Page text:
“We all sat down…all the groups together…a few weeks ago,” Khan said. “We told the competing group they were creating a divide, and we asked them to step back from the organizing committee.”

Indeed, things in Little Pakistan are looking up. Younger and older generations are getting along better. In February, community leaders helped co-name the intersection of Coney Island Avenue and Foster Street Muhammad Ali Jinnah Way by lobbying for the name change from their local Community Board. Jinnah was the founder of Pakistan and the renaming was something the community had wanted for years. 

(Wikimedia)

Waqil Ahmed, founder of the neighborhood’s Pakistani American Youth Organization (PAYO), played a leading role in creating Jinnah Way. “Everyone showed up to celebrate that day,” he said. “It really brought the community together.”

According to Ahmed, co-naming also helped bridge the generation gap. The community felt unsafe after 9/11, and Ahmed explained that the change signified a feeling of safety and acceptance within New York City, something older generations had been fighting to have for years. “To see us as youth win this big step for the entire community…it must have melted the elders’ hearts,” Ahmed said.

Kashif Hussain, another young organizer who ran for district leader last year and was just appointed a deputy public advocate for the city, is more even-handed about progress — or the lack thereof.

“Although I feel joyful that this important cultural festival is happening, I think there could be improvements,” he said. “It could have been even better if we proactively reached out and were welcoming of all merchants. Those who were [competing] last year is not part of the Mela this year.” The fact that Mela organizers were not being inclusive left Hussain uncomfortable.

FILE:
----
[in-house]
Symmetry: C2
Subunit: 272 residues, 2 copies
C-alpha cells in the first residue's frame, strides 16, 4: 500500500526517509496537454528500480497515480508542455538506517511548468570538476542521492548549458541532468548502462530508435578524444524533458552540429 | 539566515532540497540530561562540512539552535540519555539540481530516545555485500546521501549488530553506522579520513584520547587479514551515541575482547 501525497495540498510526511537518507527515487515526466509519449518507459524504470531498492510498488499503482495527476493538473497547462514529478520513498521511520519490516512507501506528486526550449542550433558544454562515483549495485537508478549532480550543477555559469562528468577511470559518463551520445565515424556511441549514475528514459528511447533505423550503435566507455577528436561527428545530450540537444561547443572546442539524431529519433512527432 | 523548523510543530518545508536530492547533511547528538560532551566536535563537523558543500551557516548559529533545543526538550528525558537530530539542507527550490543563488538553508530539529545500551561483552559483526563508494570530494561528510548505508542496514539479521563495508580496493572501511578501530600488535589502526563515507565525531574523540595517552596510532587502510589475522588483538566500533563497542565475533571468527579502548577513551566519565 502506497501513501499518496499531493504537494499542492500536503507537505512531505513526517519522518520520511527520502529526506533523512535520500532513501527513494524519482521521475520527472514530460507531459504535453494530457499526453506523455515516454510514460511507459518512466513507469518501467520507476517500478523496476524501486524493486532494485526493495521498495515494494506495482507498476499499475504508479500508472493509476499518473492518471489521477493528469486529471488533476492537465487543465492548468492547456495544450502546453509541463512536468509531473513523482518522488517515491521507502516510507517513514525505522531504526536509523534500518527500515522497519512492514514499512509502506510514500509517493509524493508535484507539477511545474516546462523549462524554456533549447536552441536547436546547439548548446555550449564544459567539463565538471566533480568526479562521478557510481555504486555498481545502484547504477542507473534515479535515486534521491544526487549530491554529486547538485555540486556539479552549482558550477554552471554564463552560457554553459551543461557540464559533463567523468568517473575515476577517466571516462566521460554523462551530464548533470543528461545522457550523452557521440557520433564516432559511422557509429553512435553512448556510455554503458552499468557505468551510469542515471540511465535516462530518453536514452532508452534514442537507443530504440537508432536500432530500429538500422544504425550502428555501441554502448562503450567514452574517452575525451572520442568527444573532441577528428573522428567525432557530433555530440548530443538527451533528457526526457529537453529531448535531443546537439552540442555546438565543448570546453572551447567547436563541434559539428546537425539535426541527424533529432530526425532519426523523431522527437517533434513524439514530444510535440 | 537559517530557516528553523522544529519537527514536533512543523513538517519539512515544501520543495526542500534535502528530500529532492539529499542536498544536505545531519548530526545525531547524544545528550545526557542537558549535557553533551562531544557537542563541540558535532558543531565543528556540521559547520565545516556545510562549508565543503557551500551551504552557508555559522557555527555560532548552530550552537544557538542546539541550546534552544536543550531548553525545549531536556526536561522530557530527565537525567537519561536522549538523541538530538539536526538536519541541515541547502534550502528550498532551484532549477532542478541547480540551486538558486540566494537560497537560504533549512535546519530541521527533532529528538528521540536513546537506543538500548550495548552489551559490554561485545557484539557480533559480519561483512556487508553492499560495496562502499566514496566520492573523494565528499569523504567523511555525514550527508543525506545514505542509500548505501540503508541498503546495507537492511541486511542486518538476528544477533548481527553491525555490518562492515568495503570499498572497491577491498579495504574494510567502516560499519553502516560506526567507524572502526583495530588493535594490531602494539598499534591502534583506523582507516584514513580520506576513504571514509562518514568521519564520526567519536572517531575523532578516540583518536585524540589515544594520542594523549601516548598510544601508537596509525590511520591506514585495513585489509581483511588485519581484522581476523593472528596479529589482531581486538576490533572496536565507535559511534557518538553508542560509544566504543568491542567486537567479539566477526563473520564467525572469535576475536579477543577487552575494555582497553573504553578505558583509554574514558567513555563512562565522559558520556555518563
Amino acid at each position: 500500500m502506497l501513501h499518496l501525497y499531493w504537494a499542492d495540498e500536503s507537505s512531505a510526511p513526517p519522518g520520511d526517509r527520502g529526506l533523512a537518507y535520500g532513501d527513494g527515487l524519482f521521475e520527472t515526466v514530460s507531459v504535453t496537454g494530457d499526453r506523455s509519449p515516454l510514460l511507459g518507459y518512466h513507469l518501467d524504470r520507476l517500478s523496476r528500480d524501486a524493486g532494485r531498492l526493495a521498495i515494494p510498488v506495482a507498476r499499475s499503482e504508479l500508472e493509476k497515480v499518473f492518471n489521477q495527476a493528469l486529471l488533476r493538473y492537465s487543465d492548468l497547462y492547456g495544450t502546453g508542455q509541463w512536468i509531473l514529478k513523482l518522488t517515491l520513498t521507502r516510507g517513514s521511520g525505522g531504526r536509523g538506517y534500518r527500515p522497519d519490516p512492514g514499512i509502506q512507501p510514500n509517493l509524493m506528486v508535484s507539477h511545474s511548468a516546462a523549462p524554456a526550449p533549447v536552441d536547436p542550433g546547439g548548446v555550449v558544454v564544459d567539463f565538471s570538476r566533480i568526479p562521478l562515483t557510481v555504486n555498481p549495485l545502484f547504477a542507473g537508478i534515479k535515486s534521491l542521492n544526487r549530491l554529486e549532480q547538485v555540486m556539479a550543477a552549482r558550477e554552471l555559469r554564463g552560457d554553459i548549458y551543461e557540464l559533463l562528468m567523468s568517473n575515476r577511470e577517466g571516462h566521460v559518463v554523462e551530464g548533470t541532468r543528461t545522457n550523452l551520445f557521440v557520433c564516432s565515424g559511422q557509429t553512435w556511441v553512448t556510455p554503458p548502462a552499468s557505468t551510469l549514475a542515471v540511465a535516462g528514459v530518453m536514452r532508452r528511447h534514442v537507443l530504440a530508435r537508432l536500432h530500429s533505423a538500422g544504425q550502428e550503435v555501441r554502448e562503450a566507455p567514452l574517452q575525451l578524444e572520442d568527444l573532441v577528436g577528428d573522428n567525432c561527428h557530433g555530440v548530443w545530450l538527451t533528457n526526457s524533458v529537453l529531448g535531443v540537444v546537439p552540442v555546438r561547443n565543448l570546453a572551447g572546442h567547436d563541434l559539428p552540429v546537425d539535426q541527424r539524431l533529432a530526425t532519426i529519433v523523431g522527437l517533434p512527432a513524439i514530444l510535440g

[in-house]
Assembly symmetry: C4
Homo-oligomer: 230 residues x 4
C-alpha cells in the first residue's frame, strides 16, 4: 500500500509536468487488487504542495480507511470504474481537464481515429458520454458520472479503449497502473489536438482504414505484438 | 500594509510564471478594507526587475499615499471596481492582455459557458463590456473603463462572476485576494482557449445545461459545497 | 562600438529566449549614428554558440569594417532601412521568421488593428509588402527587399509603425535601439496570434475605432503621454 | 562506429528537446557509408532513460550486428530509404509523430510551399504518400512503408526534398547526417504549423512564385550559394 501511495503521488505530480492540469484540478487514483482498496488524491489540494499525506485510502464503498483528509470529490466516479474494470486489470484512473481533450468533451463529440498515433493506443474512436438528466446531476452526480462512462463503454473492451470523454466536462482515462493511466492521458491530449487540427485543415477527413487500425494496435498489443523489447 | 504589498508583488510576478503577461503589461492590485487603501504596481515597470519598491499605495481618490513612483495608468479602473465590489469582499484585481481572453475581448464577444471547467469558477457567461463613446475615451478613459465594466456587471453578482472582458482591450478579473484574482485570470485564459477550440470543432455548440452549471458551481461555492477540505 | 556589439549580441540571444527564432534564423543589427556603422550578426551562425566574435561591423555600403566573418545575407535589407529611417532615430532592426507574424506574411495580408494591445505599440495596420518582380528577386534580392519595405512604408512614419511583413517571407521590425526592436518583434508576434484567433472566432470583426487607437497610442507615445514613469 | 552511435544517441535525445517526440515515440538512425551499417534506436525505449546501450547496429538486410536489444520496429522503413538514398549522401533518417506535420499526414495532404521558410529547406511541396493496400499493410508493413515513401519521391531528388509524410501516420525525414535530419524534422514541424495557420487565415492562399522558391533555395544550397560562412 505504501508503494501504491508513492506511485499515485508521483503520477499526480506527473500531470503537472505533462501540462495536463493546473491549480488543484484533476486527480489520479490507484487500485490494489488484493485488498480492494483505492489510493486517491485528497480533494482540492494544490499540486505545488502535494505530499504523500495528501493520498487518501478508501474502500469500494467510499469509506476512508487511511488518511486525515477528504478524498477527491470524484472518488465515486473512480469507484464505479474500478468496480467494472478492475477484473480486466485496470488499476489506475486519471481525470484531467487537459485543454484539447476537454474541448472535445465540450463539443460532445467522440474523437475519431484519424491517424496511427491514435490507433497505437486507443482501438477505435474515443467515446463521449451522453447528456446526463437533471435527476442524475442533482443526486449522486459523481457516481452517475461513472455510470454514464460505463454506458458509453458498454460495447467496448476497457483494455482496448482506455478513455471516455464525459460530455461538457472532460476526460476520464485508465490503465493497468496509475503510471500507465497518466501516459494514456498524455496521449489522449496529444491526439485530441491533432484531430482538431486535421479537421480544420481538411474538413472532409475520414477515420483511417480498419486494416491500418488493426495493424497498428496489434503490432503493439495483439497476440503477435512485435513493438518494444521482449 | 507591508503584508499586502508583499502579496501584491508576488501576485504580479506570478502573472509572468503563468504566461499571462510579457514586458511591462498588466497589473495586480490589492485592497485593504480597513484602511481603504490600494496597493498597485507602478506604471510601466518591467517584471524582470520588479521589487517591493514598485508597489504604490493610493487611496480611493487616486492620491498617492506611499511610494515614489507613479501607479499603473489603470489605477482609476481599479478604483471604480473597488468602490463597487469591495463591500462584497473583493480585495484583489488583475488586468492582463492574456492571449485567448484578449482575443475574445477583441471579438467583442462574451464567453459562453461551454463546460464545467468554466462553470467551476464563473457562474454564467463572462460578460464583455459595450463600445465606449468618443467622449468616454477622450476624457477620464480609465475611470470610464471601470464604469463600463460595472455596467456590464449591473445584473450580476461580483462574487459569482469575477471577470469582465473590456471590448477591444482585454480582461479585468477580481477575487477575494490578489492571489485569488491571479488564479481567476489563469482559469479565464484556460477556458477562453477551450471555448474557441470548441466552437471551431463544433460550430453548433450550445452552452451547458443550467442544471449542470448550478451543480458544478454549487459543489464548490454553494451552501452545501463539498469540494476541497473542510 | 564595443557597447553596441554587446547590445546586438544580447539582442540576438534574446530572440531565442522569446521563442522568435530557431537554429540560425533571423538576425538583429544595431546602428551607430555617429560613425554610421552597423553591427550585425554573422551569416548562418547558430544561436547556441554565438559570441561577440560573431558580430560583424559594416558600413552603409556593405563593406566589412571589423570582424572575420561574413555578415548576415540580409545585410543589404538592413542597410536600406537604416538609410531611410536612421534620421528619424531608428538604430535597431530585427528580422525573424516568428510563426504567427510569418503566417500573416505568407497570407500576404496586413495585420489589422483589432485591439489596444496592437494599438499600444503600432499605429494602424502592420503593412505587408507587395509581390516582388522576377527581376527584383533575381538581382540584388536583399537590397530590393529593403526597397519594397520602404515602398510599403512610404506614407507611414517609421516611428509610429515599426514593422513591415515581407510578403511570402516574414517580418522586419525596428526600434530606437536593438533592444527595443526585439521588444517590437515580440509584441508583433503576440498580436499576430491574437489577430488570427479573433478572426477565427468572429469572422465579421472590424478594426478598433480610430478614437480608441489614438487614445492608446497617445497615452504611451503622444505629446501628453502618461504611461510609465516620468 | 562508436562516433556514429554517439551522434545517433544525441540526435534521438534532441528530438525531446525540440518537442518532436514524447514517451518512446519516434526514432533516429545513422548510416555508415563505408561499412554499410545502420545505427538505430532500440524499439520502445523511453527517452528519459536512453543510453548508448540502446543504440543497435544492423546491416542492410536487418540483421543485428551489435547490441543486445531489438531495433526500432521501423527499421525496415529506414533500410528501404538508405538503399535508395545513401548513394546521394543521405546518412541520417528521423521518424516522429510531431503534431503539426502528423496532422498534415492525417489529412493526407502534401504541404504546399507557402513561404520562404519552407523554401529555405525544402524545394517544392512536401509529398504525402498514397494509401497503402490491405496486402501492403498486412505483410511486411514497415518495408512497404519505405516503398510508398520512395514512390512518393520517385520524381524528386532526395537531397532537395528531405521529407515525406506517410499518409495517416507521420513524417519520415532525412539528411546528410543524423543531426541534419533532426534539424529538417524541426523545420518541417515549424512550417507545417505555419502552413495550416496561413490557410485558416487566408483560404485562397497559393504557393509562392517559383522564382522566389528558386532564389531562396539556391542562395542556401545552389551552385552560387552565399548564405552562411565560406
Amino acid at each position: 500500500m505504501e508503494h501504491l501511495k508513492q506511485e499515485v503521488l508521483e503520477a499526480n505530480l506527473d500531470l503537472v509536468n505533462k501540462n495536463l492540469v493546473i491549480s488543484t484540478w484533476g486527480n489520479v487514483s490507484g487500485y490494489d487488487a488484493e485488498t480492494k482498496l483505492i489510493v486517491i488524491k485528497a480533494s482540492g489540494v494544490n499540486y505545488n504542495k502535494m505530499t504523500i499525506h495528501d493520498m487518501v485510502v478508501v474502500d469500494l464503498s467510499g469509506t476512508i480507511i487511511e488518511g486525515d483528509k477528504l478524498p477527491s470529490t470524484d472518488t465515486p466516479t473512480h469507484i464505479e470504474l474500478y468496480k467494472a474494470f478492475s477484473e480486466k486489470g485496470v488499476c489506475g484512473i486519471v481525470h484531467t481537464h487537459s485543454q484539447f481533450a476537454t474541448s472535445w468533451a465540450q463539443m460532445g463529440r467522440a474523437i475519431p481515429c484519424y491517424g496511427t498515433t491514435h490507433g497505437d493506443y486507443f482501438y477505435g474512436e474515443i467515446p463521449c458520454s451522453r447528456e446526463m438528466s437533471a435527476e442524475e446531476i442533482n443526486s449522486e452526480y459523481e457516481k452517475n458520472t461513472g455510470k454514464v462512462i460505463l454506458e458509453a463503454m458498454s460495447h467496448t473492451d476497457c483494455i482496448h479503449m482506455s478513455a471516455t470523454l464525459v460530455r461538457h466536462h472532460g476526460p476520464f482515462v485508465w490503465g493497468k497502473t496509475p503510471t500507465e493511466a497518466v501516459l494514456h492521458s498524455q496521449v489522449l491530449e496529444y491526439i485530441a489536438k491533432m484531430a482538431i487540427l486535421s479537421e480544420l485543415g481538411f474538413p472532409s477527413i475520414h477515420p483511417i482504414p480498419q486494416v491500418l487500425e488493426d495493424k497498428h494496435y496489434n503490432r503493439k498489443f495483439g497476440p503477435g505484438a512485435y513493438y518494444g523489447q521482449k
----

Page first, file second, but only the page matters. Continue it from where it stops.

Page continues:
Mela leadership practices are also questionable. Hussain said that PAMA is supposed to hold elections for group members every two years. “But not every member or merchant gets to vote — it’s a selection, not an election,” he added. 

Hussain wants organizers to reach out to him for support and resources. “But I can't help them if they don’t want to help themselves.” 

While I’m on the phone with Hussain, a colleague interrupts him. 

“There are going to be two melas this year,” I hear the colleague say.

“What?” Hussain yells back.

“Yes. Another mela in September! Here on Coney Island Avenue.”

“Well, there you go,” Hussain told me over the phone. “Breaking news!”

Hussain explained that the dissenting group of merchants, led by Nasir Awan, were not allowed much leadership in PAMA. The group has announced its own mela on Sunday, September 21. This actually happened before, in 2017, he said.

“They don’t want to sit down and talk about it and they’re unwilling to celebrate together,” Awan, leader of the rival group, later told me. “They should give the partnership to other merchants and there should be equal rights.” 

Awan, who is the chairman of the Allama Iqbal Community Center, does not like the imbalanced leadership within PAMA. For him, it’s more important that all merchants are allowed a say in ownership and organization of the Mela. But Awan is part of a co-existing merchants organization — the Coney Island Merchant’s Association — because the other merchants won’t include him. It’s a power struggle that has gone on for decades. 

Khan and Rana were unaware of this second mela when I spoke to them, but with the melas going from zero to two in one year, I ask Hussain whether this latest development will affect turnout.

“When I was a kid and growing up you could not even walk from Newkirk to Avenue H...it was so packed with people,” he told me. Hussain moved to the neighborhood over 20 years ago. “There used to be tens of thousands…and now we barely see 3,000 folks.”

The Mela, started by the very businesses and leaders who make Little Pakistan what it is — a sanctuary and home away from home for Pakistani immigrants — is caught in the crossfires of changing times.

Jeevika Verma is a poet and writer from India, currently based in New York as a journalist.